Sometimes people behave in distressed or dysfunctional ways and the fact that they have a psychiatric disorder is obvious. This is not because of the title of the label, it's because of the symptoms of the illness and the person's behavior. The psychiatrist's diagnosis gave it a name, but the problem belongs to the patient.

Here's my question for you: if a diagnostic label
alone has caused your life to change, tell us your story. I don't mean if it's upset you and caused you personal subjective distress, or if you've worried about having your psychiatric history discovered, but if the label itself has caused you outside difficulties or limited your life, tell us how.


Anonymous said...

After years of suffering, and finally being diagnosed with a Bipolar Disorder - it was LIBERATING. I felt like I was hitting my head against the wall and running in circles for so many years. A diagnosis to me has always meant a means to coping... a road map for your journey of life. The journey sucks at times and sometimes it is incredible....

However, I don't share my diagnosis with everyone for their lack of understanding. Having a diagnosis means that I can seek out the help of other suffering - via the Internet. I can pour over books and learn more. I can get more out of my visits with the psychologist and psychiatrist.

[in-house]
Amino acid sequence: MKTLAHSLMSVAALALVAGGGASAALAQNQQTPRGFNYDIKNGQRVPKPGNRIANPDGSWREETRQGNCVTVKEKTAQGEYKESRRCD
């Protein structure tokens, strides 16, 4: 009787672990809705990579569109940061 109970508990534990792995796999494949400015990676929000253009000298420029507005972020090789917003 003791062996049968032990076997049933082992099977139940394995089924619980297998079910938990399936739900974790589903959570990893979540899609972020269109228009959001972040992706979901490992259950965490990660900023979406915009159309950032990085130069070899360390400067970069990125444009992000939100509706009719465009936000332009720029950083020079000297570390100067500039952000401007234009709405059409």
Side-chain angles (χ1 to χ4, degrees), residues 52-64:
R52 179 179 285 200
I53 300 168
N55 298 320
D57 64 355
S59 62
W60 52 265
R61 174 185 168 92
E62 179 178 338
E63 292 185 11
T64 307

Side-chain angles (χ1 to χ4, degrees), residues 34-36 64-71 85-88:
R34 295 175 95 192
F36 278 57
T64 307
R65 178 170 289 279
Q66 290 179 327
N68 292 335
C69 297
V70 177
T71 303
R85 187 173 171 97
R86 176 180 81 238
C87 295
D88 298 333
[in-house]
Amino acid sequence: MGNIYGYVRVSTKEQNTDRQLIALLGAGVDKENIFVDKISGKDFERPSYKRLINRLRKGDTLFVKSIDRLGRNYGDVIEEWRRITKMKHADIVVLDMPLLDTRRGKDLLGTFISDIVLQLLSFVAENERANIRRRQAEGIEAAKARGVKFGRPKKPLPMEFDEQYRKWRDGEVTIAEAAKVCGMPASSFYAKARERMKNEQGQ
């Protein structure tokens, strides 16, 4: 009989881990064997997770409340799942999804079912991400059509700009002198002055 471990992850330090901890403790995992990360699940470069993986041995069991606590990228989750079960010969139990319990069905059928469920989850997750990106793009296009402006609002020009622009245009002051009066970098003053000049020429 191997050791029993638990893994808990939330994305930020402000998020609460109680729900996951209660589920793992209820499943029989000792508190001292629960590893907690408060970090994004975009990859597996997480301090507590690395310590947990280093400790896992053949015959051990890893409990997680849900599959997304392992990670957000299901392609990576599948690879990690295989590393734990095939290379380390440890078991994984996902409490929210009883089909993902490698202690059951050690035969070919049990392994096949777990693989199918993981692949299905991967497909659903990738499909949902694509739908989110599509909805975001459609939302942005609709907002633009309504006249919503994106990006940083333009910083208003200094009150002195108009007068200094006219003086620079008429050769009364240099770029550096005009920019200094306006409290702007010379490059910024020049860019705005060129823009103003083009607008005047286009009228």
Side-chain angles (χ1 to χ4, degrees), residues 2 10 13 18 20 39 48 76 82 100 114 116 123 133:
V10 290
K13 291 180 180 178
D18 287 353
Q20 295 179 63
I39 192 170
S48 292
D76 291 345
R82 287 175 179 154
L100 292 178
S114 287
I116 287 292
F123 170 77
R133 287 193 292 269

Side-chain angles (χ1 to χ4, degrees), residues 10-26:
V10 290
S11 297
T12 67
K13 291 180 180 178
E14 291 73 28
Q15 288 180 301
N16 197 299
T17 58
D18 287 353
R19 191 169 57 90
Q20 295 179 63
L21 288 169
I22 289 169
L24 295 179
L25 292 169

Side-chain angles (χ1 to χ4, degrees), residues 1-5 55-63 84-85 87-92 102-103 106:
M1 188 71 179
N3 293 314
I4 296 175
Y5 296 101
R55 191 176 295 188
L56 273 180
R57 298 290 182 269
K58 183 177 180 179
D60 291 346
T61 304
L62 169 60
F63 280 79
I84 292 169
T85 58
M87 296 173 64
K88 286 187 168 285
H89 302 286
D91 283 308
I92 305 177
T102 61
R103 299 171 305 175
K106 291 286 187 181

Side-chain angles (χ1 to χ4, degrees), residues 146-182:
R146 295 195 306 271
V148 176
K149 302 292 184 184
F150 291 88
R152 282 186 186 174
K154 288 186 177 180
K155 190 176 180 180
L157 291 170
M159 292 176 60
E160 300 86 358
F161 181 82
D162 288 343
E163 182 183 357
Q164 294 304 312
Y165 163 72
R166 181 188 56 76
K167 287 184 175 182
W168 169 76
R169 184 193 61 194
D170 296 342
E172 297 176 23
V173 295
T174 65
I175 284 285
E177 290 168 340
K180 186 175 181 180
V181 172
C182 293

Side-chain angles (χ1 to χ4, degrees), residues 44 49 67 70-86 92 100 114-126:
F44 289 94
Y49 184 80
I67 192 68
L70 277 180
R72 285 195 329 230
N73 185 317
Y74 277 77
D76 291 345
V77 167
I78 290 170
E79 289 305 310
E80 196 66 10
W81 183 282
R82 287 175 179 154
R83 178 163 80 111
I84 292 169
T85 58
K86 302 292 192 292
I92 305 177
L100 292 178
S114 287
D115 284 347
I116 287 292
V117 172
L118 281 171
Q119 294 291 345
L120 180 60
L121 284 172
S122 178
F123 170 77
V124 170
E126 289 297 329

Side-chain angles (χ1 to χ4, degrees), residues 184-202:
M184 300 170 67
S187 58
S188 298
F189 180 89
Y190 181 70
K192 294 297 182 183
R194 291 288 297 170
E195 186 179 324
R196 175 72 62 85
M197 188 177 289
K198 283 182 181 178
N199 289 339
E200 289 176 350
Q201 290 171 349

I see the same issues where parents fight and hate the idea of "the label" when it comes to their children and learning issues. I have a child with multiple developmental disabilities. I fully embraced getting a diagnosis because then it gave us an action plan. I took the child to two different developmental pediatricians, two different psychologists. We had an MRI done, genetic/chromosomal testing done... testing done by occupational therapists, speech and language pathologists. I knew that in order to get the best for my child and to help them to succeed to the best of their ability in this world, I needed an accurate diagnosis. Waiting and sticking my head in the sand because I didn't want to accept that my child has life long problems, would not have helped them. Time was of the essence... The earlier you start to get them help, the better their chances are. It pains me to see those kids that aren't getting the help they need because their parents are afraid of the label. My kid is so much more than the labels, and I can look beyond that.

As for my own diagnosis, I often wonder if things would have been better had I been diagnosed sooner... who knows.

Psychiatric disorders are hard to discuss with people because they either get it or they don't... and some assume that you are making it up... as if you would want to intentionally go through that Hell on purpose. For that reason I do hide it as much as possible because I don't want to put myself and my vulnerabilities out there.